Go to Float Plan Central for your own copy
Salt Lake –Whether you are boating for one day or multiple days, you should always file a float plan with details about where you are heading and when you expect to return. This information helps search and rescue crews in the event of an emergency.
Boating Education Specialist Chris Haller suggests the following float plan tips.
For shorter daytime outings, a verbal float plan may be sufficient. At a minimum:
- Contact a responsible person who is not going on the trip, like a close friend or relative, and provide them with your float plan.
- Leave a telephone number of the local rescue authorities that should be contacted if you are overdue.
- If you plan to extend your time on the water, be sure to let your contact person know before your float plan expires. This avoids unnecessary contact of rescue authorities.
For extended outings, a written float plan is warranted. This plan should include:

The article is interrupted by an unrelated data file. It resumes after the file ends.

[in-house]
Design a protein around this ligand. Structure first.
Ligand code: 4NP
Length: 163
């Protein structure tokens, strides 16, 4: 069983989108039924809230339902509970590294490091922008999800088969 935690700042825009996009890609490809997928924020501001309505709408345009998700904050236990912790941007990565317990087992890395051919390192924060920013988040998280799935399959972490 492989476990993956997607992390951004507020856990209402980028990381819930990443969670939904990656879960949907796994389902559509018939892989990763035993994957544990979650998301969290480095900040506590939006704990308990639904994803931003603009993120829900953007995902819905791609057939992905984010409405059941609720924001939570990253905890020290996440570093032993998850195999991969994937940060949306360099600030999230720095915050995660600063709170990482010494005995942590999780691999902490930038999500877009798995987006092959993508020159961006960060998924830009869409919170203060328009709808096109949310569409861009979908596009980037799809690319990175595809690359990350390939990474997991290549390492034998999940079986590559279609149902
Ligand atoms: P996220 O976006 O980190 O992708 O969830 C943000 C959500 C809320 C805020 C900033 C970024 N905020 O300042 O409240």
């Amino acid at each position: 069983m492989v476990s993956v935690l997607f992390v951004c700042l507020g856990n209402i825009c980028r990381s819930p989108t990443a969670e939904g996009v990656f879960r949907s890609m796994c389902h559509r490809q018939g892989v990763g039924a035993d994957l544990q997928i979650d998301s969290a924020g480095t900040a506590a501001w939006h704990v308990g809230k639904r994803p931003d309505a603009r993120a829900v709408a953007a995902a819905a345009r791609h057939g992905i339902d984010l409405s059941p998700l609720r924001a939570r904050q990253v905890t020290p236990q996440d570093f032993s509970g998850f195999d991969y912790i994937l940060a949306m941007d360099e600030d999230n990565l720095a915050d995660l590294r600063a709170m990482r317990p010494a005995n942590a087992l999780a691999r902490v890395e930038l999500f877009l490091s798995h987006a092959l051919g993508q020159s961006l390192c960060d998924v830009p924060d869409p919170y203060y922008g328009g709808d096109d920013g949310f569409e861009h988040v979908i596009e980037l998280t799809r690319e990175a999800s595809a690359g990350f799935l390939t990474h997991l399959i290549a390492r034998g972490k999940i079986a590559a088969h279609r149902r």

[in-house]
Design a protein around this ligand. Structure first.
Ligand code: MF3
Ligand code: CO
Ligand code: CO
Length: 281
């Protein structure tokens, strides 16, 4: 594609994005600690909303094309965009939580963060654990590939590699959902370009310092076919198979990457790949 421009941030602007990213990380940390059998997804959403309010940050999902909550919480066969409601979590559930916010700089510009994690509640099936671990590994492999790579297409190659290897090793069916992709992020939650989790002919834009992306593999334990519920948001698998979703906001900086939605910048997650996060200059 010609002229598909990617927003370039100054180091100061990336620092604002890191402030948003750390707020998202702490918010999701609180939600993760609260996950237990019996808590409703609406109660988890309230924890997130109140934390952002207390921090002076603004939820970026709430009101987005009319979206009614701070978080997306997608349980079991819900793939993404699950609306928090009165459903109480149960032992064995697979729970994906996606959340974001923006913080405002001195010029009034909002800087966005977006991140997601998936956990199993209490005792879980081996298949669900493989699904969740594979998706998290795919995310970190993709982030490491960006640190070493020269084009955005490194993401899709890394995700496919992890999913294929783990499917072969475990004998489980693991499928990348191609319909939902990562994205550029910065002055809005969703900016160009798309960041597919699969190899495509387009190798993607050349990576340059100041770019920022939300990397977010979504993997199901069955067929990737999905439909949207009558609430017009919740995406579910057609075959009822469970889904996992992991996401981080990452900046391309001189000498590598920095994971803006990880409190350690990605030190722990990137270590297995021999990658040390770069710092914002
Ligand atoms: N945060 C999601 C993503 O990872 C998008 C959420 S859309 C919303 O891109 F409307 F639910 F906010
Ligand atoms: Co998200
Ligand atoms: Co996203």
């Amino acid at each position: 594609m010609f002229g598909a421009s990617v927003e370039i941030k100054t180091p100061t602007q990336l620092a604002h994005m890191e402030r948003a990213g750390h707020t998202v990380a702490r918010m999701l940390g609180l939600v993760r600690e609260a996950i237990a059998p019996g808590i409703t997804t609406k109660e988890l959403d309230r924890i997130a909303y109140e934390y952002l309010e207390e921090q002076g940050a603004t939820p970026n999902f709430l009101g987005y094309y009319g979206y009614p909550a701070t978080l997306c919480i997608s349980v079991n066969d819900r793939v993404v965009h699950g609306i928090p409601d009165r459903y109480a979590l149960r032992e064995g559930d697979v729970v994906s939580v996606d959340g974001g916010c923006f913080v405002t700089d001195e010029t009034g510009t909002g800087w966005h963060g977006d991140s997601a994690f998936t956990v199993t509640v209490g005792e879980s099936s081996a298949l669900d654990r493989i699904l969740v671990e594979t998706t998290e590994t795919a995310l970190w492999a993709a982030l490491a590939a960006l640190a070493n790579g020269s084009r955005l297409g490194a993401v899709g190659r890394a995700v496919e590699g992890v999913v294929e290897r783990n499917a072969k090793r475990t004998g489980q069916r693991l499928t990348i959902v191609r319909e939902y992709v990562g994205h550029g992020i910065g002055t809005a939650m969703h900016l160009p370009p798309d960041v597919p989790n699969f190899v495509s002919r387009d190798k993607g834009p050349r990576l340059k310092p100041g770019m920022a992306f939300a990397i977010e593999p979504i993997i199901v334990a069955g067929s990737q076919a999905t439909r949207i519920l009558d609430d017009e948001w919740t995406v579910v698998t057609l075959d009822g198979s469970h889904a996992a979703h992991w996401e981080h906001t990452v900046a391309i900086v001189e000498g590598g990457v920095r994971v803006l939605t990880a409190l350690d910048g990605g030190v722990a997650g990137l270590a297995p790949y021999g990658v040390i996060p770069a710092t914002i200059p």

- Description of the vessel, including make, size, color, bow number, and marine band call sign.
- Trip itinerary of where you are going with a detailed description of route and intended camping spots.
- List providing number of passengers, names, addresses, and contact information for each passenger in case of an emergency.
- The license plate number and description of the tow vehicle and trailer.
For more boating safety information or to take a safe boating course, visit http://www.stateparks.utah.gov/. Utah Boaters…WEAR IT!
You can find a float plan template at http://www.floatplancentral.org/